College Students Fail to Name a Single U.S. Senator

Last week, MRCTV's Dan Joseph went to American University to give the student body a little general knowledge quiz.

When asked if they could name a SINGLE U.S. senator, the students blanked.  Also, very few knew that each state has two senators.  The guesses were all over the map, with some crediting each state with twelve, thirteen, and five senators.

So, when it comes to politics, the students at American University are a little rusty - but, they passed with flying colors when it comes to pop culture.

Almost everyone MRCTV interviewed was able name the Academy Award winner for Best Original Song: "Let It Go" from the movie "Frozen."


Scholars for Peace in the Middle East Congratulate University of Michigan’s CSG on Defeating a BDS Resolution, But is Alarmed at the Virulent Anti-Semitism and Anti-Israelism Surrounding the Divestment Resolution Debate

After hours of discussion and debate, the Central Student Government (CSG) at the University of Michigan reversed the indefinite postponement of the BDS resolution and subsequently voted to not pass it during a 6-hour March 25th meeting in a 25-9 vote. During the entire process, hundreds of students lined the second floor of the Michigan Union and more than 2,000 viewers watched CSG’s live-stream of the six-hour-long event.

Leading up to the vote, the heated environment on the U Michigan campus reached new levels of expressions of hate speech and discrimination. As the Washington Free Beacon reported, at least one pro-Israel student “received death threats and that others have allegedly been called ‘kikes’ and ‘dirty Jews’ by backers of the virulently anti-Israel Boycott, Divestment, and Sanctions movement, which aims to delegitimize the Jewish state through economic means.”

Although campus police were notified of the above, no action was taken, and other than encouraging the student groups to engage in civil debate university administrators have been quiet as well.

It was also revealed in news reports that Michigan student Yazan Kherallah, who serves as the divestment chair for Students Allied for Freedom and Equality (SAFE), had posted a picture of himself on Facebook in which his face is covered by a keffiyeh and he posed in a threatening manner while stabbing a pineapple with a large knife. Given the recent debate on the Michigan campus about divestment from companies doing business with Israel, the symbolism and message of the photograph is very clear: it is a blatant threat against the lives of Jewish students who oppose the divestment resolution and support the Jewish state.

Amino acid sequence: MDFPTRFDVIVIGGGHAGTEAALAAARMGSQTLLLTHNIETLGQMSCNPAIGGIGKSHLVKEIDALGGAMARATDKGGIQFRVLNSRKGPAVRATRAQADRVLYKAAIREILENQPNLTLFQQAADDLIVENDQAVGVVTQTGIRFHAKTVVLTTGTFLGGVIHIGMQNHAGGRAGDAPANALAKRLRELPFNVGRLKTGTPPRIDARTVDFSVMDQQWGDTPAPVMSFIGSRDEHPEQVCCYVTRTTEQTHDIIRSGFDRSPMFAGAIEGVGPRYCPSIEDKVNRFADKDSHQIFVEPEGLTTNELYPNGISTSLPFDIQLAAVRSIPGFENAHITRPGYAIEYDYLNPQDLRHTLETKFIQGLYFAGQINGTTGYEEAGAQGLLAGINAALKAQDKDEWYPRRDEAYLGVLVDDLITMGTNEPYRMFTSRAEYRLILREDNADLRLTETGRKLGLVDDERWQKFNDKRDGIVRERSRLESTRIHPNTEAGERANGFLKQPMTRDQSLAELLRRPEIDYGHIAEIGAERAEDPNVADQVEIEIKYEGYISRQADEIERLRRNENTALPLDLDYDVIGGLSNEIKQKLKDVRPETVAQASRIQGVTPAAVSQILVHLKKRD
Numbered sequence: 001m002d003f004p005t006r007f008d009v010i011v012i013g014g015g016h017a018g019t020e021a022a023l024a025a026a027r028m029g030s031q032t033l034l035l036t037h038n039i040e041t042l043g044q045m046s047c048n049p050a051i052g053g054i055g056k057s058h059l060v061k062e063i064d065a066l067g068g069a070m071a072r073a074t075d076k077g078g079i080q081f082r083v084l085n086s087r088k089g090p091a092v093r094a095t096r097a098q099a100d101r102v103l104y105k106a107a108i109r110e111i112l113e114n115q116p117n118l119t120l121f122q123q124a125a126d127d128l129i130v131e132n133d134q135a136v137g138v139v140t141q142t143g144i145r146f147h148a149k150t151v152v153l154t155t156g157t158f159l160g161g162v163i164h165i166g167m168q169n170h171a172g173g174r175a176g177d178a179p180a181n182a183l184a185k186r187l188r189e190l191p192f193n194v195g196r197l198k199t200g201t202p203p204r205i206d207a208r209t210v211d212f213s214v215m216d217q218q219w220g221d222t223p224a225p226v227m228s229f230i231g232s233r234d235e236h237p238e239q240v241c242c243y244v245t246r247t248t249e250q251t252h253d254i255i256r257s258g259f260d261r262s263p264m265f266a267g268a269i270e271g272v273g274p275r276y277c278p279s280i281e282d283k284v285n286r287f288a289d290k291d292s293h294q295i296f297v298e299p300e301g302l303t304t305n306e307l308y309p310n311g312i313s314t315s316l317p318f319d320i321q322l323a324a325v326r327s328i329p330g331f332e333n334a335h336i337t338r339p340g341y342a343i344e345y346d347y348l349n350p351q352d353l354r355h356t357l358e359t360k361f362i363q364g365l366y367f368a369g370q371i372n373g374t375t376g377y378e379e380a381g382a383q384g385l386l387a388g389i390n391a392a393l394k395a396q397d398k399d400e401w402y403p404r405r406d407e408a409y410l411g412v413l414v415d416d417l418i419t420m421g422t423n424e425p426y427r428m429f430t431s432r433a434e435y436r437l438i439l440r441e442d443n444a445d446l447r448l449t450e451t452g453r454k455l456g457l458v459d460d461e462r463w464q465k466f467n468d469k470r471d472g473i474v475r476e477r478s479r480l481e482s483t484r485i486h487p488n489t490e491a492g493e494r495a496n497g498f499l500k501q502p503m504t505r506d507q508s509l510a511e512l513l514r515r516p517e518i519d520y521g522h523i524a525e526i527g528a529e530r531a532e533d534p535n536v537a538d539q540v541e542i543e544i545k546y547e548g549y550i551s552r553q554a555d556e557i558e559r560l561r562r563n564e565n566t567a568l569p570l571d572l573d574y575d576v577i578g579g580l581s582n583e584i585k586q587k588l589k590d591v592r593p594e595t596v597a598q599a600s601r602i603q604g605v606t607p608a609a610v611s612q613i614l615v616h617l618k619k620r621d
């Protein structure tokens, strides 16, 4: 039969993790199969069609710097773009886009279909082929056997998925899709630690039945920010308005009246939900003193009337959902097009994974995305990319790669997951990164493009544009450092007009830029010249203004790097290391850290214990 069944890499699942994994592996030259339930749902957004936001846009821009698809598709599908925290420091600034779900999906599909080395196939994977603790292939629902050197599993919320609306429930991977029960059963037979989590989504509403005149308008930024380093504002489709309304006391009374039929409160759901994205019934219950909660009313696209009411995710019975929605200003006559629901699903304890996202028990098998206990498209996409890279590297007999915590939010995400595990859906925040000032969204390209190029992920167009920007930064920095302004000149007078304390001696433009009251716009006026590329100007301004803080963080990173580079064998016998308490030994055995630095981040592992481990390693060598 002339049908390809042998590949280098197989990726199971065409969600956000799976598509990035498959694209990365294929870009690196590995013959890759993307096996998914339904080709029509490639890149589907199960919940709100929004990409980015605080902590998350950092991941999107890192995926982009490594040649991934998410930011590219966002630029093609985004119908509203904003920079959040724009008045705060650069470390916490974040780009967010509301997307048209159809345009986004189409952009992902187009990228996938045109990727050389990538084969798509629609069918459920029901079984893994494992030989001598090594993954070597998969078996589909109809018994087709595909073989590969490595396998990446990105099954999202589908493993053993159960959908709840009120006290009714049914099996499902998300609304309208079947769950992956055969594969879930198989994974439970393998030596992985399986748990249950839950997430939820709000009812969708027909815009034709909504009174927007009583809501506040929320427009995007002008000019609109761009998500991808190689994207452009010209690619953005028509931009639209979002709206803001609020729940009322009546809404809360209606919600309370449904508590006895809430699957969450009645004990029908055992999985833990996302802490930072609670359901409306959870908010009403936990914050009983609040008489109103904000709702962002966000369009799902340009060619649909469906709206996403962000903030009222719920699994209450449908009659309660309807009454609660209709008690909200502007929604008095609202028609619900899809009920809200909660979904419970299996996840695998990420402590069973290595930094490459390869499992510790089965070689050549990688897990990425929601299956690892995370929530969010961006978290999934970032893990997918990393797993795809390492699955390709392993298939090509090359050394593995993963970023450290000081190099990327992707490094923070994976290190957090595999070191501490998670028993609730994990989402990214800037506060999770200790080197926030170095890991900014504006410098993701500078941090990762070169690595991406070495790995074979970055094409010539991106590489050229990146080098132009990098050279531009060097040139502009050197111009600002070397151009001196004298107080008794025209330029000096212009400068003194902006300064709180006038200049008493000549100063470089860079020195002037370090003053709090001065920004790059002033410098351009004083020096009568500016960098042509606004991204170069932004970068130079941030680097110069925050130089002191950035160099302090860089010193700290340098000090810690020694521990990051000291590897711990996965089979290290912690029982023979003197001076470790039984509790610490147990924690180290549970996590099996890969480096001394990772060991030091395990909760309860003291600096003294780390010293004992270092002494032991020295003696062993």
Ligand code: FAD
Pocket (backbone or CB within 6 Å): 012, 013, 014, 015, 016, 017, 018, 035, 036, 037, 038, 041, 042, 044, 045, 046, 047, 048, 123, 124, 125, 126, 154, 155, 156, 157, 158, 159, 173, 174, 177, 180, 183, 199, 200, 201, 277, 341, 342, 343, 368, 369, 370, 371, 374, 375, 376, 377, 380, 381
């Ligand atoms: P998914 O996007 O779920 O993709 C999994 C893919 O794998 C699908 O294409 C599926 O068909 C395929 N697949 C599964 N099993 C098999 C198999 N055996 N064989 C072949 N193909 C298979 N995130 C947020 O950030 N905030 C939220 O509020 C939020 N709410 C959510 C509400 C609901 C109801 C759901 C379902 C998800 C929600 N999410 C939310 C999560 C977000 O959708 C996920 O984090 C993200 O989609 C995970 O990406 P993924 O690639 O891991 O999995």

SPME calls on the administration of the University of Michigan to address this instance of very clear radicalism and hatred, as well as the related events which led to the anti-Semitic slurs being uttered by Arab students towards Jewish supporters of Israel, in a unambiguous, public, and forceful way, just as universities immediately have done when hate speech or acts of racism or prejudice have been directed at gay students, African-American students, Muslim students, or other minority groups on campus.

“This speech and these actions and behavior have to be seen for what they are,” said Dr. Richard L. Cravatts, president of SPME, “raw anti-Semitism and Jew-hatred. This is not a discussion about how a Palestinian state will evolve, where the future borders will be between this new state and Israel, what will happen to the settlements, or how other issues in the conflict will be resolved for the benefit of both parties. The BDS activity on the Michigan campus, mirroring other BDS radicalism world-wide, is about demonizing and delegitimizing Israel and Jews, with the ultimate purpose of weakening and destroying the Jewish state. To minimize the virulence of this rhetoric and activism is to overlook the lethality of the BDS narrative and the harm it does to academia by parading as scholarly debate and potentially causing a campus climate of intimidation and fear for Jewish students.”

While SPME applauds the defeat of the BDS resolution in Tuesday night’s vote, it is concerned that the true face of the BDS movement, as well as the sentiments of its proponents, is not being taken seriously by university administrators, as well as some faculty and students.

SPME welcomes, and encourages, vigorous scholarly debate on campus about a broad range of topics involving the Middle East; but talk of “kikes” and dirty Jews,” not to mention the brandishing of knives with the threat of the intended murder of Jews, Zionists, or other pro-Israel individuals, is not academic discourse, political discussion, or, as its supporters regularly contest, simply “criticism of Israel.”

Via email